Will Huntsman play China card?
Updated: 2011-06-23 07:56
By Kelly Chung Dawson (China Daily)
Former Utah governor Jon Huntsman announces his candidacy for the Republican US presidential 2012 campaign at Liberty State Park in Jersey City, New Jersey, on Tuesday. Shannon Stapleton / Reuters
Time in Beijing may be negative factor among Republicans
NEW YORK - Observers on both sides of the Pacific have different opinions on whether Republican Jon Huntsman's experience in China is an asset or liability as the former US ambassador to China declared his candidacy for the 2012 presidential race.
Huntsman's rich experience with China is actually one of his largest political assets, especially compared to Mitt Romney, his biggest rival among conservatives, said Ni Feng, deputy director of the Institute of American Studies at the Chinese Academy of Social Sciences.
Huntsman, whose most recent posting was as US ambassador to China for nearly two years, officially declared his presidential candidacy on Tuesday.
"Huntsman knows China well, and knows the importance of maintaining a good relationship with China. He didn't do anything that irritated the US Congress as the ambassador. So I think this is going to be an advantage for Huntsman, because Washington is certainly taking its relations with Beijing as one of the most important bilateral relationships," Ni said.
In declaring his candidacy, Huntsman stressed that he is "a real conservative" who believes that the "best long-term national security strategy is rebuilding our core here at home".
Huntsman also invoked an icon of the Republican Party by choosing to make his announcement at New Jersey's Liberty State Park, the same place where Ronald Reagan had declared his presidential candidacy in 1980.
However, some observers said that he will likely downplay his posting as US ambassador to China to distance himself from President Barack Obama in order not to alienate Republican voters.
"His ambassadorship to China will be a negative in the primaries," Kenneth Lieberthal, director of the John L. Thornton China Center at the Brookings Institute, told China Daily.
"The people who vote in the Republican primaries tend to be to the right of the center of gravity of the party. Huntsman will be advised to put considerable distance between himself and China, and will likely avoid the issue. The polls currently suggest that his experience in China will actually harm him in the conservative segment of the race."
The economic downturn will inevitably be the primary focus of the campaign, Lieberthal said.
"Our current fiscal situation in the US will be priorities one, two and three in the presidential election," Lieberthal said.
"It's the core issue, and one of such dramatic importance that it will dominate the election. While there are arguments that tie China into our fiscal challenges, the reality is that the US and Chinese economies are deeply interdependent and no responsible candidate would propose any great change to our current policy. Further, if Huntsman wins the candidacy, how would Obama criticize Huntsman when Huntsman's experience in China was in carrying out Obama's own policies?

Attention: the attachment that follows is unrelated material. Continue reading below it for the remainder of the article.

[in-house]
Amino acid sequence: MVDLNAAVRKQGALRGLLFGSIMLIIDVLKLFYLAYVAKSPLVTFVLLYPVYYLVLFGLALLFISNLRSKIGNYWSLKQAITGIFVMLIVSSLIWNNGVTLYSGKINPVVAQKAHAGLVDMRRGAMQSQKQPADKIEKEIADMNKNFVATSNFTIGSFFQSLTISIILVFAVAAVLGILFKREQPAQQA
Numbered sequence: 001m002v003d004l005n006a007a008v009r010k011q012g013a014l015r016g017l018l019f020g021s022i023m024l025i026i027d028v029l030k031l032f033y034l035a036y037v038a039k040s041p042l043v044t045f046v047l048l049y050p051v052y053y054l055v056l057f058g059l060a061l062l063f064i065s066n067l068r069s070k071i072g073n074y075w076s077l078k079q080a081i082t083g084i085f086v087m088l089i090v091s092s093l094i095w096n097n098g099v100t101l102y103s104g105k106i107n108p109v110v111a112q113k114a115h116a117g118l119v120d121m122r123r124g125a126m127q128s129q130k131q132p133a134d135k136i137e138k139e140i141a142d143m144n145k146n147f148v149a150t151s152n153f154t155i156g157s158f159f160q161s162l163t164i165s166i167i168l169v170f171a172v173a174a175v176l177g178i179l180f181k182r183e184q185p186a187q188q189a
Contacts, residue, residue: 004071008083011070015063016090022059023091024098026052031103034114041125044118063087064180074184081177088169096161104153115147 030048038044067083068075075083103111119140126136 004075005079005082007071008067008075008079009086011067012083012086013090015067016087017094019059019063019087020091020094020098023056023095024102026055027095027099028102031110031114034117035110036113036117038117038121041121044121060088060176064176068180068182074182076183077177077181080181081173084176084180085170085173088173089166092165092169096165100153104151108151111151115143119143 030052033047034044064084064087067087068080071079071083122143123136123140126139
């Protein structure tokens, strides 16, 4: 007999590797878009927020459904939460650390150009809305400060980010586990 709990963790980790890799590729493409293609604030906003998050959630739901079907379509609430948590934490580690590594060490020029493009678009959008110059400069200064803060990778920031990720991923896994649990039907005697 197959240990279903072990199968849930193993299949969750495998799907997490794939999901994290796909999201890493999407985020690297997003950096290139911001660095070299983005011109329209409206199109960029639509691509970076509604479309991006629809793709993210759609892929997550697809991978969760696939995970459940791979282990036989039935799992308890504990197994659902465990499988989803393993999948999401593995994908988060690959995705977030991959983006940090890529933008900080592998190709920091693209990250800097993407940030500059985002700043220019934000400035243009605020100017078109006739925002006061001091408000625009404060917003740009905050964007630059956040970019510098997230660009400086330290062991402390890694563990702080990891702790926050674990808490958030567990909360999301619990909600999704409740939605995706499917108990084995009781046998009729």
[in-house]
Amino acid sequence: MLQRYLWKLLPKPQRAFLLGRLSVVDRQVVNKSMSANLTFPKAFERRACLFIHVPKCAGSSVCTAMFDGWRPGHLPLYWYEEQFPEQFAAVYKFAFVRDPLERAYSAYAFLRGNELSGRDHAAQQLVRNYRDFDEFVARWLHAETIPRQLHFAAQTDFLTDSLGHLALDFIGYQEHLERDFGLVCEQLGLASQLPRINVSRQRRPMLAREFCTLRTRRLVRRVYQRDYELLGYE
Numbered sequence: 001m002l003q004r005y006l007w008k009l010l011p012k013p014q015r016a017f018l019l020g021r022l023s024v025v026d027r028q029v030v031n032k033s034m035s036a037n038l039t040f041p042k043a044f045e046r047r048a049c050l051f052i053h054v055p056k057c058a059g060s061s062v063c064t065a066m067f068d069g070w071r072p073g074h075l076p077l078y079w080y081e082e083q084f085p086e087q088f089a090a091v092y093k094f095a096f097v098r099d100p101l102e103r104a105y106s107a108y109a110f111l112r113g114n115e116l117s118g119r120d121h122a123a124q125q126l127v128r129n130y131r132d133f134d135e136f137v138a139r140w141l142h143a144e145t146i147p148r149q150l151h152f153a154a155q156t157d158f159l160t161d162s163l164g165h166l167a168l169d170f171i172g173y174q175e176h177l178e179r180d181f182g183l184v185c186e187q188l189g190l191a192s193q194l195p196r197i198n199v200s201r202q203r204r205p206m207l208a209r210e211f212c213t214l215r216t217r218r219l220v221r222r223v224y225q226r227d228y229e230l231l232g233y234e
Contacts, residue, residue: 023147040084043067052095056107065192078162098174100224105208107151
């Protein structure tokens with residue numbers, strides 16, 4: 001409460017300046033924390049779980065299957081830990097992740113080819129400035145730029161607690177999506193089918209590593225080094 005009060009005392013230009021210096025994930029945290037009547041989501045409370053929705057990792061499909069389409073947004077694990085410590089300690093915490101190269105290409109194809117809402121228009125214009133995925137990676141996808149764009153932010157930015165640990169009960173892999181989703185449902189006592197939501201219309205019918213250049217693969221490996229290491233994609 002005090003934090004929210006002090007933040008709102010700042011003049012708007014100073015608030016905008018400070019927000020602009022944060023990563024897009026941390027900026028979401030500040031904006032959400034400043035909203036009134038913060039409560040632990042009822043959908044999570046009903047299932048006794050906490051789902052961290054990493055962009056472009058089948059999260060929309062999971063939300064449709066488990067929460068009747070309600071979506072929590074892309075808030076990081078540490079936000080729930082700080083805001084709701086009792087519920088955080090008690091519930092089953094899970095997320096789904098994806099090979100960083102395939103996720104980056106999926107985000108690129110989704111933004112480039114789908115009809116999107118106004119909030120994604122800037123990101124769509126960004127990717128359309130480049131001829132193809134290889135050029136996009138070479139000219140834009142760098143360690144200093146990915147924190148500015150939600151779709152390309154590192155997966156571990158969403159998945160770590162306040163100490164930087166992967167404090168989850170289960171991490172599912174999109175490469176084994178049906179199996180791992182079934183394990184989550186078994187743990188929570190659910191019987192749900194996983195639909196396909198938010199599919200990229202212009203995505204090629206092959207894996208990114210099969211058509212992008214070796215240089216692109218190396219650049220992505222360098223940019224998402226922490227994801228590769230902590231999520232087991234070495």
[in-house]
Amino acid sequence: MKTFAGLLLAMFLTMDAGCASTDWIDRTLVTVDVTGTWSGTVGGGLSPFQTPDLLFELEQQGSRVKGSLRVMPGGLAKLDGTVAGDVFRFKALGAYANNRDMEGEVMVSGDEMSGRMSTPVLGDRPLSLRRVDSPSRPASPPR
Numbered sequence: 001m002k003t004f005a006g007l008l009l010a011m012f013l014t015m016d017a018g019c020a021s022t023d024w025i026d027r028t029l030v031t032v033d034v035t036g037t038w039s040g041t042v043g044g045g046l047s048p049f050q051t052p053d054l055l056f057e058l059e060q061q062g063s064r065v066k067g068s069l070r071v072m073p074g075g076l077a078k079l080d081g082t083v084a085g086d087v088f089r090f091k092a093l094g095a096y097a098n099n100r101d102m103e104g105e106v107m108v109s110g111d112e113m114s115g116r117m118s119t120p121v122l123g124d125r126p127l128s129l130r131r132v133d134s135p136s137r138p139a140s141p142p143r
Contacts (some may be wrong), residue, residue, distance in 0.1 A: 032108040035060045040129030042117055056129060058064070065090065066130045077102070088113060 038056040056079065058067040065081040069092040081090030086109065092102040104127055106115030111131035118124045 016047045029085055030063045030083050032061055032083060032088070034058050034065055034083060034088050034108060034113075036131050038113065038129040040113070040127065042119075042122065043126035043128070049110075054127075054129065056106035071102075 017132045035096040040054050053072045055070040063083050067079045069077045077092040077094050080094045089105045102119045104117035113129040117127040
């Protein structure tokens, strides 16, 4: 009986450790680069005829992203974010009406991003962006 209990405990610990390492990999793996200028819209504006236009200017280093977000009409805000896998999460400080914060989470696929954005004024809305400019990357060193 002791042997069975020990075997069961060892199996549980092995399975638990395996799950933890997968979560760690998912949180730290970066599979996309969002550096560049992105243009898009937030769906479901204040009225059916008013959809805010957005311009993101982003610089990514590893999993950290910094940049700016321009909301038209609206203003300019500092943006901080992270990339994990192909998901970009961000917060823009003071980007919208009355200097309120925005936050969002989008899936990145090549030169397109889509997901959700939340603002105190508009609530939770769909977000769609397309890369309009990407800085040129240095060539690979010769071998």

"I think that unless something dramatic occurs, China is likely to be an echo in the campaign, but not a central issue in it," he added.
"As former US ambassador to China, Jon Huntsman is unlikely to take a tough attitude in his remarks on China this time, because he worked hard to improve bilateral relations between China and the US in 2010. If he were to suddenly change position toward China, his Democratic opponent can say that he is a two-faced politician," said Shi Yinhong, director of the Center for American Studies at Renmin University of China.
However, "in order to cater to US politicians and voters who consider China the US' biggest competitor, Huntsman will be tough on China's trade, monetary and human rights policies, but in general, he will adopt a gentle tone to express his opinion in judging China", she added.
In his speech, Huntsman also spoke about the current US financial crisis, warning Americans that decisions must be made to avert disaster.
"Our country will fall behind the productivity of other countries; our influence in the world will wane," he said. "Our security will grow even more precarious and the 21st century will then be known as the end of the 'American century'. We can't accept this and we won't."
Huntsman is expected to travel to New Hampshire, South Carolina, Florida, Utah and Nevada in the coming weeks.
Ma Liyao contributed to this story.